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Listed locations follow the Down coastline in a clockwise direction. Their positions may be seen on a satellite image at the bottom of this page. Alternatively, if you're looking for shelter, facilities or a type of location within this county, try our find resources tool.

Cultra
A good location with straightforward access. 3 metres LWS. Cultra is located on the northeast coast of Ireland, on the southern shores of Belfast Lough, approximately half way between Grey Point and Belfast. This is home to ‘The Royal North of Ireland Yacht Club’ and it offers an anchorage alongside the well-established mooring area off the club. get full information »

Helen’s Bay
A tolerable location with straightforward access. 2 metres LWS. Helen’s Bay is located on the northeast coast of Ireland, on the southern shores of Belfast Lough and immediately east of Grey Point. It offers an anchorage off a beach in a picturesque location that hosts a country park. get full information »

Bangor Harbour & Marina
A completely protected location with safe access. 3 metres LWS. Bangor is located on the northeast coast of Ireland close inside and on the southern shore of Belfast Lough. It offers a large-scale, full-service marina staffed twenty-four hours a day, which is located in the centre of a principal town. get full information »

Ballyholme Bay
A good location with straightforward access. 3 metres LWS. Ballyholme Bay is located on the northeast coast of Ireland, on the southern shores of Belfast Lough and immediately east of Bangor Bay. The extensive well-sheltered bay provides an anchorage that is home to the Ballyholme and Royal Ulster Yacht Clubs. get full information »

Groomsport
A good location with careful navigation required for access. 1 metres LWS. Groomsport Harbour is located on the northeast coast of Ireland and immediately inside the southern shoreline of Belfast Lough. The small shallow harbour is home to a boat club that provides a single visitor mooring that caters for vessels of medium size and a moderate draft. Those that can take to the hard and dry out will also find a place here. get full information »

Port Dandy, Copeland Island
A good location with straightforward access. 2 metres LWS. Port Dandy on Copeland Island, one of the Copeland Islands group, is located in the Irish Sea off the northeast coast of Ireland. The island group is situated on the south side of the entrance to Belfast Lough, and Copeland Island is the largest island and closest to the mainland. Port Dandy is a very small inlet on the northwest side of the secluded island that provides a popular anchorage for a maximum of two or three boats. get full information »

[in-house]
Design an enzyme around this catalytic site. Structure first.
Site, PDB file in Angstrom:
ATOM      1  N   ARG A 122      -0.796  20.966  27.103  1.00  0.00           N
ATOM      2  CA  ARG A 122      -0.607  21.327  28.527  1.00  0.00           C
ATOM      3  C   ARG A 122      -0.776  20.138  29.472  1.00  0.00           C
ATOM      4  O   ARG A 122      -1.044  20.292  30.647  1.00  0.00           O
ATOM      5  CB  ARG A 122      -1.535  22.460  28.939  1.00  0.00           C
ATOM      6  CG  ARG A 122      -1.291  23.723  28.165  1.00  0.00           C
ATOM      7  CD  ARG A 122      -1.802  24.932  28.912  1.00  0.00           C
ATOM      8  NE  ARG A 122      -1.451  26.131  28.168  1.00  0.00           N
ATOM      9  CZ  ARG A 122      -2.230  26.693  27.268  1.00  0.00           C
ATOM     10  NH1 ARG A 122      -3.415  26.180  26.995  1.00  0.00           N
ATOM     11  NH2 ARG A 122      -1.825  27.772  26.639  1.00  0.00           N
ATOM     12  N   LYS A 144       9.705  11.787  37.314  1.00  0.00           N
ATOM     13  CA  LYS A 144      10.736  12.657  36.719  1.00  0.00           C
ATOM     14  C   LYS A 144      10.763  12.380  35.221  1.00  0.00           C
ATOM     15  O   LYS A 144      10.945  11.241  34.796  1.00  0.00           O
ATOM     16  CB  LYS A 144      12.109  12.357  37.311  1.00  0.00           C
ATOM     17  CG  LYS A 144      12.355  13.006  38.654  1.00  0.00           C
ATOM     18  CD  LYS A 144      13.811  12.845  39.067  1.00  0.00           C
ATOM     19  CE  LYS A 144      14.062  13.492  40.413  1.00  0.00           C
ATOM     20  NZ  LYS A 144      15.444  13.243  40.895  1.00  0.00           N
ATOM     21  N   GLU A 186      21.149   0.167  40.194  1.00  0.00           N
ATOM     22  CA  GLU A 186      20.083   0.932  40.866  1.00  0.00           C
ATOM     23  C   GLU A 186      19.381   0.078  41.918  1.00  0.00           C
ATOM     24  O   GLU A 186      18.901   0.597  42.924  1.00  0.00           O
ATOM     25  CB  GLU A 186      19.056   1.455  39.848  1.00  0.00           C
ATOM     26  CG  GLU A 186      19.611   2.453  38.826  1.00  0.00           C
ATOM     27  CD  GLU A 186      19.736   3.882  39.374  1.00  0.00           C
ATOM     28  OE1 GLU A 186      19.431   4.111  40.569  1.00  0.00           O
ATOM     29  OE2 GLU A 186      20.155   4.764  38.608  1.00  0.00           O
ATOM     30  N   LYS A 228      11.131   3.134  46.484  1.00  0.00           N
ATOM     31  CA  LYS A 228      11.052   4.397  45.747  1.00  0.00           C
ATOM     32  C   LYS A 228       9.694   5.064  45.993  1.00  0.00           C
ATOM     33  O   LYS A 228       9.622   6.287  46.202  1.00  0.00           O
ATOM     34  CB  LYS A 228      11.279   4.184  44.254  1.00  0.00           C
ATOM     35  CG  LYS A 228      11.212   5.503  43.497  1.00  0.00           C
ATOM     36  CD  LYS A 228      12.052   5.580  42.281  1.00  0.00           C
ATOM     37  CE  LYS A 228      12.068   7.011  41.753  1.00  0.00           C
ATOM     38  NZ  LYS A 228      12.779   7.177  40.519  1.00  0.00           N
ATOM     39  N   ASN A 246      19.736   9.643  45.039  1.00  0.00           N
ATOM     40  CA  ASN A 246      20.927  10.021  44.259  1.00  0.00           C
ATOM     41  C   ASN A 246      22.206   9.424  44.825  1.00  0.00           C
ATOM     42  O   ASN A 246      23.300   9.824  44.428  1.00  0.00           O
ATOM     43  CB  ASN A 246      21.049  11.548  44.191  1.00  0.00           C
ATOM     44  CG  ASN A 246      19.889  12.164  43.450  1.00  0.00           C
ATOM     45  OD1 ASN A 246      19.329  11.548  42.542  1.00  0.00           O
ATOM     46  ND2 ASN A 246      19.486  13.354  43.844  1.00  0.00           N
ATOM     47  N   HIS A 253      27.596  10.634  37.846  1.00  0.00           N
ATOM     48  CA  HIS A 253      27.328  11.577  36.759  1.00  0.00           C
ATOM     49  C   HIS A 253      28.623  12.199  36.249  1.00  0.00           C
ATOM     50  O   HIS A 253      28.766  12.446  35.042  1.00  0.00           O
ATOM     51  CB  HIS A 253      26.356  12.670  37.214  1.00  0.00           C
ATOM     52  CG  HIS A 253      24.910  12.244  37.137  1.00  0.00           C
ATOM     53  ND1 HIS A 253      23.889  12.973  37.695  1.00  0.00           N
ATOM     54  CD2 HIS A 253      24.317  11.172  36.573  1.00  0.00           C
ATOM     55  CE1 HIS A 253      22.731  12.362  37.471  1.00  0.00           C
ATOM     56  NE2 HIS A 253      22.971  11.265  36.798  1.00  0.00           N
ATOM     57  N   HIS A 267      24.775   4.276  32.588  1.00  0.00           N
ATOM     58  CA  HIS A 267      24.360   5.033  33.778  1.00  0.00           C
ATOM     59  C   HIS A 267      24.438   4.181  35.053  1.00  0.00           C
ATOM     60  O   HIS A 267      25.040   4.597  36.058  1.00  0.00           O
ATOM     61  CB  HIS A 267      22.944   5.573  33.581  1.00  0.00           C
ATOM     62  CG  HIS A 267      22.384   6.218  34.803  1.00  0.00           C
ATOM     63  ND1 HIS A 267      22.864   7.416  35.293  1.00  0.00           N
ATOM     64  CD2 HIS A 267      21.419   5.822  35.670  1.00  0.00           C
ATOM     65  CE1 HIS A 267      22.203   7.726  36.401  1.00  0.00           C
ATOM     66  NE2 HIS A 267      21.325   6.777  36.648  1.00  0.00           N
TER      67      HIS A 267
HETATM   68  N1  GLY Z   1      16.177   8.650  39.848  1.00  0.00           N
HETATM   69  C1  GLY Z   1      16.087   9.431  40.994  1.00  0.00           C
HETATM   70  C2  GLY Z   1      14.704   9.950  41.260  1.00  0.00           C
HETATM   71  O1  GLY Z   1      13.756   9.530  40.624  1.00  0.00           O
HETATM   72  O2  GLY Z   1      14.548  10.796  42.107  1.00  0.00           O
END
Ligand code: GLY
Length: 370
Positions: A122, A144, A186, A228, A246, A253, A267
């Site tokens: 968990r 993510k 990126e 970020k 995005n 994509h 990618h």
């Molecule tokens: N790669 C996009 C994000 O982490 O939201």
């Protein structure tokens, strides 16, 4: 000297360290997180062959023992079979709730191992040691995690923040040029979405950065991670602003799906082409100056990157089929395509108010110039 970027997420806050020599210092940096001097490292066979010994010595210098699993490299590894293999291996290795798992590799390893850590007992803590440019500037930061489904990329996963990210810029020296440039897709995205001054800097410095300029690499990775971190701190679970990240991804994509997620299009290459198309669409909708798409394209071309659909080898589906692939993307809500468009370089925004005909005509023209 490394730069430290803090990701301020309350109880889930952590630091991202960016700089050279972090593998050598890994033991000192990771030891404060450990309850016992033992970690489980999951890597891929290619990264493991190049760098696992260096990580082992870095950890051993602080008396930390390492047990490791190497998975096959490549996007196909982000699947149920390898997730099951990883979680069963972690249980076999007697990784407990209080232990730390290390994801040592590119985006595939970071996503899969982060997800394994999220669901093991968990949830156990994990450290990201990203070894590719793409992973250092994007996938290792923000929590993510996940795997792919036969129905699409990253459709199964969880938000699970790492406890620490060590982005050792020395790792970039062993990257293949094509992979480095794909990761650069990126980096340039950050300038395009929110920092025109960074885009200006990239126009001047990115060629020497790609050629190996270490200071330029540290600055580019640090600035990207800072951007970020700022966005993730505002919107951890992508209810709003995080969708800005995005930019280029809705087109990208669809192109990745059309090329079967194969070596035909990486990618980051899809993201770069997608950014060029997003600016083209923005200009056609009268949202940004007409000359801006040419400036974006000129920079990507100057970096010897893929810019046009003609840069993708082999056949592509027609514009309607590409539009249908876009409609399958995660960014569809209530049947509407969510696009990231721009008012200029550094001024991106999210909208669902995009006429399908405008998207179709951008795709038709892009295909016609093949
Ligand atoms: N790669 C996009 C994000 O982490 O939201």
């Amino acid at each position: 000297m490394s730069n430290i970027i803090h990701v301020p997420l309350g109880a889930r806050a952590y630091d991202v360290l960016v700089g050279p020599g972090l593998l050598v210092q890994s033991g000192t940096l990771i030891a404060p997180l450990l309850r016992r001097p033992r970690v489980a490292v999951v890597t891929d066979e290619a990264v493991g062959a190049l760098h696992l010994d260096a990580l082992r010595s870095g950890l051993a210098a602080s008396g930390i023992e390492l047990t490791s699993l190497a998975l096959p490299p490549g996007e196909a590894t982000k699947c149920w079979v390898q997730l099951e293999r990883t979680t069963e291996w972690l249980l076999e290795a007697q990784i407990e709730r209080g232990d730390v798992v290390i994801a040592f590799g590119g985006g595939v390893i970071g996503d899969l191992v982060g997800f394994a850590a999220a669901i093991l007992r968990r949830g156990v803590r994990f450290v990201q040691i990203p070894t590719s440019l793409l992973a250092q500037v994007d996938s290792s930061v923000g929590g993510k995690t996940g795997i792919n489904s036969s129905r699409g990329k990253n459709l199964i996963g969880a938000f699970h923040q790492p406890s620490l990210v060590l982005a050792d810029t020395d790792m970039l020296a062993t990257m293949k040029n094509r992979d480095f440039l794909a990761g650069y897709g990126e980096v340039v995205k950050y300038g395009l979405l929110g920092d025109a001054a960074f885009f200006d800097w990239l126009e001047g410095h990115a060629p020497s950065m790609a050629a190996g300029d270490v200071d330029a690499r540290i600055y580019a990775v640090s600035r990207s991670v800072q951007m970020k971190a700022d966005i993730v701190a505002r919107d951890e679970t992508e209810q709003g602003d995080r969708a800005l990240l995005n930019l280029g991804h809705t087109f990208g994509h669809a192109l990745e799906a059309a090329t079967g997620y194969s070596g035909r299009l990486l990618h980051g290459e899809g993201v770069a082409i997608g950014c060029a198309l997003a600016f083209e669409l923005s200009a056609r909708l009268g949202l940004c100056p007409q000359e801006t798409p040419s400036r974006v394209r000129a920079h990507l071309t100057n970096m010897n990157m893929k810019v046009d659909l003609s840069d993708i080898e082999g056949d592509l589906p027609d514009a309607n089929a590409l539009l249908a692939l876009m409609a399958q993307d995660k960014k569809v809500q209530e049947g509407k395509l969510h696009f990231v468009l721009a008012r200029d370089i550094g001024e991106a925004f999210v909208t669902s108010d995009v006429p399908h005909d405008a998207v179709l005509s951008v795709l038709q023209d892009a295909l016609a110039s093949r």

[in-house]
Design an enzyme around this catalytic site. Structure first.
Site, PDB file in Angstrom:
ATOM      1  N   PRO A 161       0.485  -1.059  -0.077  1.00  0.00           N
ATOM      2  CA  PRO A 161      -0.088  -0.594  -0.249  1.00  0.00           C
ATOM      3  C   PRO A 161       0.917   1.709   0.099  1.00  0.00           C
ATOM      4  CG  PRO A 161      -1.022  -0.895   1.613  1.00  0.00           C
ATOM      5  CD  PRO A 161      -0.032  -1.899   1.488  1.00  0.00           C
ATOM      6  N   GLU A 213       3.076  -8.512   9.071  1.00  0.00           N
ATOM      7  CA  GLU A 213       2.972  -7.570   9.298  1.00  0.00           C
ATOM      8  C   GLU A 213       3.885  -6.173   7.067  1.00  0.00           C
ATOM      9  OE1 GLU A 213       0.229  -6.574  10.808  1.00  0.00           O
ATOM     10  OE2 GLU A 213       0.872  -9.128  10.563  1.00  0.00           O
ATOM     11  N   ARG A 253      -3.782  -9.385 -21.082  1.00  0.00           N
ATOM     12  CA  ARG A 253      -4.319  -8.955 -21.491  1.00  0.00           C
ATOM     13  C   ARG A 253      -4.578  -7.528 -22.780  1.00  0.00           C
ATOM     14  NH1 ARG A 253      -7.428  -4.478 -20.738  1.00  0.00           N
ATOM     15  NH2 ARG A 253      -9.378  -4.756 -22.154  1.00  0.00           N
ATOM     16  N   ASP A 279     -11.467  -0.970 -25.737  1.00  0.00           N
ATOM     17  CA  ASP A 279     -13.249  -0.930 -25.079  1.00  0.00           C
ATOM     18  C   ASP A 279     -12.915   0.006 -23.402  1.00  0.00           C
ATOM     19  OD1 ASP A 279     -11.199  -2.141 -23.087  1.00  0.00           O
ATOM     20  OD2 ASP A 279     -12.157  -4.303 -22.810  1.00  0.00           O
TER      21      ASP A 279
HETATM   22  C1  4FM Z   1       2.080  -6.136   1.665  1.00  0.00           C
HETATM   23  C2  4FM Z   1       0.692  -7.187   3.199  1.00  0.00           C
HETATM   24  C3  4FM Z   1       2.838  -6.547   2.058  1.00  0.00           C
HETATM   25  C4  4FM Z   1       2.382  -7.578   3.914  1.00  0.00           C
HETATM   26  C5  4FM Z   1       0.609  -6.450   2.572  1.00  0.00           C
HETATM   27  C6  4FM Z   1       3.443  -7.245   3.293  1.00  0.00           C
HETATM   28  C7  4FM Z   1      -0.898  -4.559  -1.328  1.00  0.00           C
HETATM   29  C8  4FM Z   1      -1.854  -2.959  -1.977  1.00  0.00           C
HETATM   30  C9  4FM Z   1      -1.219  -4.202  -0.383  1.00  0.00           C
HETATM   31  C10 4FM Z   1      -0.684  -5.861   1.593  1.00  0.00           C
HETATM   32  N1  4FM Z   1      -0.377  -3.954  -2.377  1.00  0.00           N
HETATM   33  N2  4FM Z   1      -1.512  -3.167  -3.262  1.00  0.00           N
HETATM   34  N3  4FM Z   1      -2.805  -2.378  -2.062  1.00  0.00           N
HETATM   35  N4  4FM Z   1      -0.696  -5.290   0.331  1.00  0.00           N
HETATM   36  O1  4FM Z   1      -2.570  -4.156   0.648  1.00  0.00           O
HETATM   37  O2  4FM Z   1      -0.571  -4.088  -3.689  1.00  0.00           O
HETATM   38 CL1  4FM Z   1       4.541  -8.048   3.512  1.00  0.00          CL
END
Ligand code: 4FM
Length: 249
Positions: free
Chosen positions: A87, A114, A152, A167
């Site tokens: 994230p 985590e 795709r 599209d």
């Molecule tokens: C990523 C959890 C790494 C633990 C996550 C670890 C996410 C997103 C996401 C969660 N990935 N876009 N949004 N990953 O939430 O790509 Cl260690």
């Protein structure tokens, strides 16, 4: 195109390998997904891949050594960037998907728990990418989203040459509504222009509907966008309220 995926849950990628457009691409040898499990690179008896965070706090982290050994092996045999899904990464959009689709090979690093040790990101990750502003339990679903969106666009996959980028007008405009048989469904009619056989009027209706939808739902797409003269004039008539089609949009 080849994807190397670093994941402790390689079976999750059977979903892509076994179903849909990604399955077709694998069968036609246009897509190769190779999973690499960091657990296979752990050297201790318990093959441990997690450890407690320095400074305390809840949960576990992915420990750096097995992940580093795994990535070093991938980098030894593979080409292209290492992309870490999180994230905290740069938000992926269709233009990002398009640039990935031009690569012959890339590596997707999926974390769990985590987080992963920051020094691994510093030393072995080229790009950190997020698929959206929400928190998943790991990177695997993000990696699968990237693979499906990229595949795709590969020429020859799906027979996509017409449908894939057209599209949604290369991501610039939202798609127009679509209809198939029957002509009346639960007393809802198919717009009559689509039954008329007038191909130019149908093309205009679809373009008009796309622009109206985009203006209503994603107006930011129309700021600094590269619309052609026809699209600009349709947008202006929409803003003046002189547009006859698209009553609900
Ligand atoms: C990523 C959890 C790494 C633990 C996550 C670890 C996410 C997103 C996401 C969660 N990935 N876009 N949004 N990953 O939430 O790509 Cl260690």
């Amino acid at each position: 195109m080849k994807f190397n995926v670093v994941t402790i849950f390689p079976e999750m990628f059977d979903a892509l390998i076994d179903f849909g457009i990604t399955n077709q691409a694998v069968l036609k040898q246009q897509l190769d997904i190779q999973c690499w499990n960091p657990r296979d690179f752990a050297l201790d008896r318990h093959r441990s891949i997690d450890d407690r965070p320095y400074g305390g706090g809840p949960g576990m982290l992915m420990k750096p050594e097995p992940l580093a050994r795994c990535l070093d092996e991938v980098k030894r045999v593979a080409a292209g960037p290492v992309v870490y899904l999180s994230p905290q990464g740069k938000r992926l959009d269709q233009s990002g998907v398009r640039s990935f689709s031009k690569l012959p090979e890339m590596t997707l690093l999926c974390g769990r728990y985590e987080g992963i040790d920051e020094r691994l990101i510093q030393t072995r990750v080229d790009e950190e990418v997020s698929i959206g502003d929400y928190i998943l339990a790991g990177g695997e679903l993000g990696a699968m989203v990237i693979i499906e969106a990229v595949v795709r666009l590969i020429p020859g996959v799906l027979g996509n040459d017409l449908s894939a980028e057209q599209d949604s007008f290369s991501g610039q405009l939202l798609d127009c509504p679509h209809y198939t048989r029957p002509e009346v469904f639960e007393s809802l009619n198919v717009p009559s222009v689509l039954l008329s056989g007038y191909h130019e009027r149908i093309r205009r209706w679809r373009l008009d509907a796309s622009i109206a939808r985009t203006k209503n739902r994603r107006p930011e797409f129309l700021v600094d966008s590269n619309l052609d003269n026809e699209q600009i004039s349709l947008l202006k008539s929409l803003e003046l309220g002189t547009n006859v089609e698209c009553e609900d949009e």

Chapel Bay, Copeland Island
A good location with straightforward access. 3 metres LWS. Chapel Bay on Copeland Island, one of the Copeland Islands group, is located in the Irish Sea off the northeast coast of Ireland. The island group is situated on the south side of the entrance to Belfast Lough, and Copeland Island is the largest island and closest to the mainland. Chapel Bay is on the west and mainland facing side of this secluded island. It provides an anchorage in a spacious sandy bay. get full information »

Donaghadee Harbour
A tolerable location with straightforward access. 3 metres LWS. Donaghadee Harbour is located on the northeast coast of Ireland immediately outside the southern entrance to Belfast Lough and one and a half miles south of Copeland Island. It is a small fishing port that offers an open harbour where vessels may berth alongside the pier. get full information »

Copelands Marina
A completely protected location with careful navigation required for access. 2 metres LWS. Copeland Marina is located on the northeast coast of Ireland, close outside the southern entrance to Belfast Lough and immediately south of Donaghadee Harbour. It is a small very tight marina that sets aside half a dozen visitor berths in the sailing season. get full information »

Ballywalter
A tolerable location with straightforward access. 4 metres LWS. Ballywalter is located on the northeast coast of Ireland, to the south of Belfast Lough, four miles north by northwest of Burr Point. It offers an anchorage off a small harbour that dries out completely at low water. get full information »

Ballyhalbert Bay
A tolerable location with straightforward access. 5 metres LWS. Ballyhalbert is located on the northeast coast of Ireland, to the south of Belfast Lough and immediately north of Burr Point the most easterly point of Ireland. It offers an anchorage in the bay off a small harbour that entirely dries at low water. get full information »

Portavogie Harbour
A completely protected location with straightforward access. 3 metres LWS. Portavogie harbour is located on the northeastern coast of Ireland, nine miles northeast of the entrance to Strangford Lough and immediately north of Plough Point. It is a small, active and crowded fishing port that welcomes leisure craft but is not specifically set up to receive them. get full information »

Portaferry, Strangford Lough